Is something still missing from the global evaluation agenda 2016-2020?

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My warm thanks to all who contributed to the first round of discussion on the Global Evaluation Agenda 2016-2020! The dates of the 2nd EvalPartners Global Forum have now been set. The global evaluation community will review and endorse its 2016-2020 agenda in Nepal on 23-25 November 2015. This makes possible another round of exchanges about for our Society’s contribution to that agenda.

We have already reached the conclusion that all Voluntary Organisations for Professional Evaluation (VOPEs) – including EES – will have to tackle a more complex and comprehensive agenda.  In particular you have stressed the need for more dynamic advocacy for the evaluation discipline; greater emphasis on gender- and equity responsive evaluation; more systematic outreach to decision makers; promotion of individual evaluator capabilities through peer review, education and training; and an enhanced role for the evaluation function in  national governments, European bodies and international institutions.

Two more policy emphases might be added to this list: 1) environmental sustainability; and 2) private sector evaluation. Fortunately EES Thematic Working Groups have been exploring both issues. I would invite all EES members to engage in a debate about how best to integrate these priorities in the Global Evaluation Agenda 2016-2020.

Shaping a strong and relevant vision is one thing. Implementing it is another. How will VOPEs in general and EES in particular mobilize the energies and resources required to tackle a more ambitious agenda? What approaches do you recommend for eliciting the volunteers and raising the funds needed to address priority challenges? How can we better share, exchange, learn and work together? What kinds of partnerships should we construct?  I would greatly value your ideas about how we can turn our joint vision into reality.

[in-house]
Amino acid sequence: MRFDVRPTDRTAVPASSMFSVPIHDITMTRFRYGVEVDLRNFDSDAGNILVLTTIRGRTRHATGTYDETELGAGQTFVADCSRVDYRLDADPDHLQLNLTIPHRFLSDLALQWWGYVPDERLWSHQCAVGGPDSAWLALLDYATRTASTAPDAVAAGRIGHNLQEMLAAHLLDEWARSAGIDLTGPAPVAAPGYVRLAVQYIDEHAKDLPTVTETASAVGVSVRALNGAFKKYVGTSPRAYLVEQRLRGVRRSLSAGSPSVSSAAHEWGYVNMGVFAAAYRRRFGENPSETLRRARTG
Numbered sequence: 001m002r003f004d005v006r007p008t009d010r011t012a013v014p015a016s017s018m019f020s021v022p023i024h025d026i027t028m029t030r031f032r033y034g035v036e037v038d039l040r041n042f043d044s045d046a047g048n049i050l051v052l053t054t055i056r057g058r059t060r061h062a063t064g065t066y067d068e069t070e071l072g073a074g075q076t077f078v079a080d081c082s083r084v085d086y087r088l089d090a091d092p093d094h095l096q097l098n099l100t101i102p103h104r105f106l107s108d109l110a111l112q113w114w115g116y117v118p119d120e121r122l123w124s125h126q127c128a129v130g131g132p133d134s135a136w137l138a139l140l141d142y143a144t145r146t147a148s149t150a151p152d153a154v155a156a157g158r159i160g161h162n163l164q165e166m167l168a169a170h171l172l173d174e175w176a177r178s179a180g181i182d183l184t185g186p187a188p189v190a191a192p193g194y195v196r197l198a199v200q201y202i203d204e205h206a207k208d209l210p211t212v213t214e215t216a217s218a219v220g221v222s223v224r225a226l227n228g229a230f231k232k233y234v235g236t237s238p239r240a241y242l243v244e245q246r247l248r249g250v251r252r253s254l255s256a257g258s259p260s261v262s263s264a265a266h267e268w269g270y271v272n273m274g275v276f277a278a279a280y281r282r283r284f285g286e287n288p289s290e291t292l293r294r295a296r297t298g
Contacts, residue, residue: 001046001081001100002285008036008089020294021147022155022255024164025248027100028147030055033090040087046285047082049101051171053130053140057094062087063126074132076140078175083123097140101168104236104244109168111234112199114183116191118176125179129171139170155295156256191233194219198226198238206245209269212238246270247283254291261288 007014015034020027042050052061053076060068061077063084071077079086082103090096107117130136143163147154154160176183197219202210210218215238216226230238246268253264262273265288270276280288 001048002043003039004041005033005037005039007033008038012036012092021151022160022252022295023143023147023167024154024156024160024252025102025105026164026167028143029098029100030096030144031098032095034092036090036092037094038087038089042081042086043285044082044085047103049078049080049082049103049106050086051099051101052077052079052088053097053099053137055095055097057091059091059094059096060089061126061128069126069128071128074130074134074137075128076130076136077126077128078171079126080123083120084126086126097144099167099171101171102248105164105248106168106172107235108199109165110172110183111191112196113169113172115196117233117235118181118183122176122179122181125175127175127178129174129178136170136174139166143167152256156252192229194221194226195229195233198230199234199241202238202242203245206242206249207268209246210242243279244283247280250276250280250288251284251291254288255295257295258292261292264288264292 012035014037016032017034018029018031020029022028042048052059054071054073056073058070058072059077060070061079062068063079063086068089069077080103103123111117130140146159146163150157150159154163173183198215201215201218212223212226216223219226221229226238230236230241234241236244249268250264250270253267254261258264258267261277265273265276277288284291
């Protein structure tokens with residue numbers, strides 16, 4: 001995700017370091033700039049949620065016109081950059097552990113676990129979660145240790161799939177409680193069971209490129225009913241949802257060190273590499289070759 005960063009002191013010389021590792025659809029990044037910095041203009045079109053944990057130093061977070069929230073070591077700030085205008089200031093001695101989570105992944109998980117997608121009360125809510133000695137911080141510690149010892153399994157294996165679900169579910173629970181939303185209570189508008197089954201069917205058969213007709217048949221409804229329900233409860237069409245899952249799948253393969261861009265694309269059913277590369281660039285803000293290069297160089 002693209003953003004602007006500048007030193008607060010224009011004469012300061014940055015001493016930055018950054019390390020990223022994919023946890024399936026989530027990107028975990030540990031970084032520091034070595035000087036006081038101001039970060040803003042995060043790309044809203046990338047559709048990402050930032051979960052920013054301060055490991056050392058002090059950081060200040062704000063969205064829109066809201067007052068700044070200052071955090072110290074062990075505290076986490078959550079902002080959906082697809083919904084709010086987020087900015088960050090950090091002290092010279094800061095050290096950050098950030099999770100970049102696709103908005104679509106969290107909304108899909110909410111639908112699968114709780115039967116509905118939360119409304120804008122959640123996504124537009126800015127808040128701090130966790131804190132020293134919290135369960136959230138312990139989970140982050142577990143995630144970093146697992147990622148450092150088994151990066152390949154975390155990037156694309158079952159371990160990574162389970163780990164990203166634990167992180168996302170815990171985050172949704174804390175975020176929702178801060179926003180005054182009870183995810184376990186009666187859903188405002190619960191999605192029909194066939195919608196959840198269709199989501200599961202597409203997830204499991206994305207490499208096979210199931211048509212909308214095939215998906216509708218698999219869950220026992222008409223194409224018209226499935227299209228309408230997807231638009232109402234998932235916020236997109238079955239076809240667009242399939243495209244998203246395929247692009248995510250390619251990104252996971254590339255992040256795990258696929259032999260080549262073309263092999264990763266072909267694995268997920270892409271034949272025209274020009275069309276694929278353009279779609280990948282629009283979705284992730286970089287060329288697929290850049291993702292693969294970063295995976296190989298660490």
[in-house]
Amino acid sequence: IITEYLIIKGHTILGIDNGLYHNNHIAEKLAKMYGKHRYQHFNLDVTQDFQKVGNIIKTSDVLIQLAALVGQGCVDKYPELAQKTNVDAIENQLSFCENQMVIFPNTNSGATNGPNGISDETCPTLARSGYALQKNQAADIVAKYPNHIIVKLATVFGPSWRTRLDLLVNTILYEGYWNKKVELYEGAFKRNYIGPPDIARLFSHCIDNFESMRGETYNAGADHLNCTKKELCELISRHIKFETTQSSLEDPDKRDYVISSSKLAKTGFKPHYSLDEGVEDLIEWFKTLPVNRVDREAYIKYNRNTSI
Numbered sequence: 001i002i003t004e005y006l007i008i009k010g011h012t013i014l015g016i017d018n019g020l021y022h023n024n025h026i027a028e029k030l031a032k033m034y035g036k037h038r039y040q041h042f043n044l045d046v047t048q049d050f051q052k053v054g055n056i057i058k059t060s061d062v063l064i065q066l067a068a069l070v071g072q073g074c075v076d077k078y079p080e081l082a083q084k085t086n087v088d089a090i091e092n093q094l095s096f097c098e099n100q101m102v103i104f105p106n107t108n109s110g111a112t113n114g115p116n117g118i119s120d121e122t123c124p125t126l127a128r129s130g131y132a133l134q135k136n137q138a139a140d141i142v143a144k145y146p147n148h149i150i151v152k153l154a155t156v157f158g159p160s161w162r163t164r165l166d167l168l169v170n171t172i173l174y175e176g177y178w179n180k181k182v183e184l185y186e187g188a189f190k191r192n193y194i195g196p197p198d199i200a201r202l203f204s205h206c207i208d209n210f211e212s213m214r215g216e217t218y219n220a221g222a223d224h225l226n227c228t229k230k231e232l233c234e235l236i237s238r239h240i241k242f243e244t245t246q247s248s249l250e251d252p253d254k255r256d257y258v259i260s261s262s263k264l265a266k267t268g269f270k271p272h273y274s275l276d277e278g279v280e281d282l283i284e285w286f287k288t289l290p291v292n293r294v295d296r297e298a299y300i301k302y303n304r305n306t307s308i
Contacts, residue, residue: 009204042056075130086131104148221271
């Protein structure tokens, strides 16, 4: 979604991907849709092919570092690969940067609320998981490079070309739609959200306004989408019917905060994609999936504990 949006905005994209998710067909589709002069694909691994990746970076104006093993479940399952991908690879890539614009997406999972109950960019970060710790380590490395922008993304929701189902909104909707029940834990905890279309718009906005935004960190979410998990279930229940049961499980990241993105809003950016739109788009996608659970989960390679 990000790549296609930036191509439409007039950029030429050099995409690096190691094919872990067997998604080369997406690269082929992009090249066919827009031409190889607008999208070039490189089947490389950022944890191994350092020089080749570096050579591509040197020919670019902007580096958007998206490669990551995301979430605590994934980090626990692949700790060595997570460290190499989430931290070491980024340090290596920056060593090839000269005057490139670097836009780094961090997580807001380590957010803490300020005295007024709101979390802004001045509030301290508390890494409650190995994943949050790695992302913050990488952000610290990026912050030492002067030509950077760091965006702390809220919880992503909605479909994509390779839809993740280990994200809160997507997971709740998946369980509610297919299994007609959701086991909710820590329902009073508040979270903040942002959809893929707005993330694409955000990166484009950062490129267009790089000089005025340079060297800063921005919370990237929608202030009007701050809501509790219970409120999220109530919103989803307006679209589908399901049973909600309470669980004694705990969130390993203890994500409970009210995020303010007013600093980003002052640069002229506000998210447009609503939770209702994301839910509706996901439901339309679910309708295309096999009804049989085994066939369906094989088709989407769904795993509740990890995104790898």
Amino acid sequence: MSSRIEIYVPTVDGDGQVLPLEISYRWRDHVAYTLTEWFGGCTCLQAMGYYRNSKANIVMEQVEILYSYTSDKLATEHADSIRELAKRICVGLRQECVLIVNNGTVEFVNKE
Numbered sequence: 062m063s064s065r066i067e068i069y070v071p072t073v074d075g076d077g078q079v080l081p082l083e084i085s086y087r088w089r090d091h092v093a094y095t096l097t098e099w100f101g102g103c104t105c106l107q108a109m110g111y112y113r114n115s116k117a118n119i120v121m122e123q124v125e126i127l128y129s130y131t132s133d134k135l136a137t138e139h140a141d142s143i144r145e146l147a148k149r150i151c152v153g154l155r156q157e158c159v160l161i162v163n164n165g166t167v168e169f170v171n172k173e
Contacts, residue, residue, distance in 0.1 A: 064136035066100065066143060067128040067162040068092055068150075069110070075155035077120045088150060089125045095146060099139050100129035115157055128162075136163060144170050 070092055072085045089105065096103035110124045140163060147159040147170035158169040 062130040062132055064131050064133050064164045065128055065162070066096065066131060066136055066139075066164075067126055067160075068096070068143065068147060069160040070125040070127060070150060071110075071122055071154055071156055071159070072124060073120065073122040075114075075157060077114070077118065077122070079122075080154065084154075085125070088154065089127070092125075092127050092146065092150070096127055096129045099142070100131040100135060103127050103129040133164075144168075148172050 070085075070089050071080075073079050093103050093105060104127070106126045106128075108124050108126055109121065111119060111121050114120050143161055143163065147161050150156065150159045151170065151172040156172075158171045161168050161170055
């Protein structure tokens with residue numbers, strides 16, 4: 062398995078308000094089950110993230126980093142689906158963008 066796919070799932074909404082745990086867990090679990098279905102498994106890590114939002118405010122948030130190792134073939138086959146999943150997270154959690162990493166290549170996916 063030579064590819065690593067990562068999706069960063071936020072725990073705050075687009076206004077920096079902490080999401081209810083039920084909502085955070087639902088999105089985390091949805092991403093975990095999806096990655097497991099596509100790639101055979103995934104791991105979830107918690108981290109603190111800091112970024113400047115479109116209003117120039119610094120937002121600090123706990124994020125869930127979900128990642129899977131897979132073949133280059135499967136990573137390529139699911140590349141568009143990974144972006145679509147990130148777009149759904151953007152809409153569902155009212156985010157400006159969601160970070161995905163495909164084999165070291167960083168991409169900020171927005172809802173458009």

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The Global Agenda 2016-2020, well defined, represents a well thought long term agenda for evaluation. The key priorities for evaluation i.e., independence, capacity building and quality, partnerships and equity are well laid out within four main sections. Of course there are some improvements to be done. For example, the remark by Henrik Gudmundsson on the contradiction of “independent evaluation reporting to President or PM” is most accurate, and though I am a fervent supporter of the value of “equity focused and gender responsive”, the fivefold repetition in the agenda seems a bit overwhelming. I would certainly add here “environmental sustainability” a few times as well. As Riitta underlined, this is a missing element of the agenda, and a most important one in view of the increasing degradation of natural resources and its impact on human and animal beings. And I also agree with Riitta when it comes to the private sector. As I noted in one of our Connections issues, “I am convinced that private sector evaluation will play a major part in the evaluation scene in a world of constrained fiscal resources. Better evaluation of the risks associated with complex financial instruments and activities managed for quick returns has become imperative.” Private sector evaluation along with corporate social responsibility have become an increasingly important evaluation field, and while most development institutions have taken this into account, it still needs to be recognized and taken into account in all evaluation addresses. Our EES thematic working groups on Private Sector Evaluation and on Evaluating Sustainable Development have active working programmes aiming at increasing the share of these major sectors in evaluation deliberations. The implementation of this ambitious Global Agenda will no doubt be a very complex process and will require the coordination of a myriad of actions disseminated around the world under the aegis of international development and financial institutions and with the involvement of multinational corporations. Let’s hope that an inclusive and potent roadmap emerges from 2nd EvalPartners Global Forum in Nepal, but it is yet a long way to go and needs the contribution of all of us!!